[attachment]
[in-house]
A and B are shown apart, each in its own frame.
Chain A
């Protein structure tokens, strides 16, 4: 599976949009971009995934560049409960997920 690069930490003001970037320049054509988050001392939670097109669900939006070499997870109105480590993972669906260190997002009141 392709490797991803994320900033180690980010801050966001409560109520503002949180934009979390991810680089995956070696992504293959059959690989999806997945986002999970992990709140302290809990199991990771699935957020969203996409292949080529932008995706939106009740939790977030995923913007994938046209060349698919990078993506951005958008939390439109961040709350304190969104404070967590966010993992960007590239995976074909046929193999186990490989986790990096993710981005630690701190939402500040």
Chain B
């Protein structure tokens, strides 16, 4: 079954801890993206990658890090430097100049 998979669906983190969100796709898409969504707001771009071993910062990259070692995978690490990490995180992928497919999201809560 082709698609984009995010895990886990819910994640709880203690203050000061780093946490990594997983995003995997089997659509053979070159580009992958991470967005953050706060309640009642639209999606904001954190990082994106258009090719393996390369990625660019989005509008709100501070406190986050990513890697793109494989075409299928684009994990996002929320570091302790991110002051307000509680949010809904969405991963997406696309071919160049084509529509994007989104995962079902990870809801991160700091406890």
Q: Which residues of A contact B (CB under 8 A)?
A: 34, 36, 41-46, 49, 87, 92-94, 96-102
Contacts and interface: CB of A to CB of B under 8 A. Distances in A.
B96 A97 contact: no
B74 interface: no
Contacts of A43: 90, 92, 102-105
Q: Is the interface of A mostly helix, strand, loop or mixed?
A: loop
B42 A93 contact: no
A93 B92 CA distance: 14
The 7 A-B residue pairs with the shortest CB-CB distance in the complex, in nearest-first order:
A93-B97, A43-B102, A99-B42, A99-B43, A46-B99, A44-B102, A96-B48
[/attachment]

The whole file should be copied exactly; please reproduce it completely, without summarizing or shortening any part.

[in-house]
A and B are shown apart, each in its own frame.
Chain A
């Protein structure tokens, strides 16, 4: 599976949009971009995934560049409960997920 690069930490003001970037320049054509988050001392939670097109669900939006070499997870109105480590993972669906260190997002009141 392709490797991803994320900033180690980010801050966001409560109520503002949180934009979390991810680089995956070696992504293959059959690989999806997945986002999970992990709140302290809990199991990771699935957020969203996409292949080529932008995706939106009740939790977030995923913007994938046209060349698919990078993506951005958008939390439109961040709350304190969104404070967590966010993992960007590239995976074909046929193999186990490989986790990096993710981005630690701190939402500040």
Chain B
């Protein structure tokens, strides 16, 4: 079954801890993206990658890090430097100049 998979669906983190969100796709898409969504707001771009071993910062990259070692995978690490990490995180992928497919999201809560 082709698609984009995010895990886990819910994640709880203690203050000061780093946490990594997983995003995997089997659509053979070159580009992958991470967005953050706060309640009642639209999606904001954190990082994106258009090719393996390369990625660019989005509008709100501070406190986050990513890697793109494989075409299928684009994990996002929320570091302790991110002051307000509680949010809904969405991963997406696309071919160049084509529509994007989104995962079902990870809801991160700091406890």
Q: Which residues of A contact B (CB under 8 A)?
A: 34, 36, 41-46, 49, 87, 92-94, 96-102
Contacts and interface: CB of A to CB of B under 8 A. Distances in A.
B96 A97 contact: no
B74 interface: no
Contacts of A43: 90, 92, 102-105
Q: Is the interface of A mostly helix, strand, loop or mixed?
A: loop
B42 A93 contact: no
A93 B92 CA distance: 14
The 7 A-B residue pairs with the shortest CB-CB distance in the complex, in nearest-first order:
A93-B97, A43-B102, A99-B42, A99-B43, A46-B99, A44-B102, A96-B48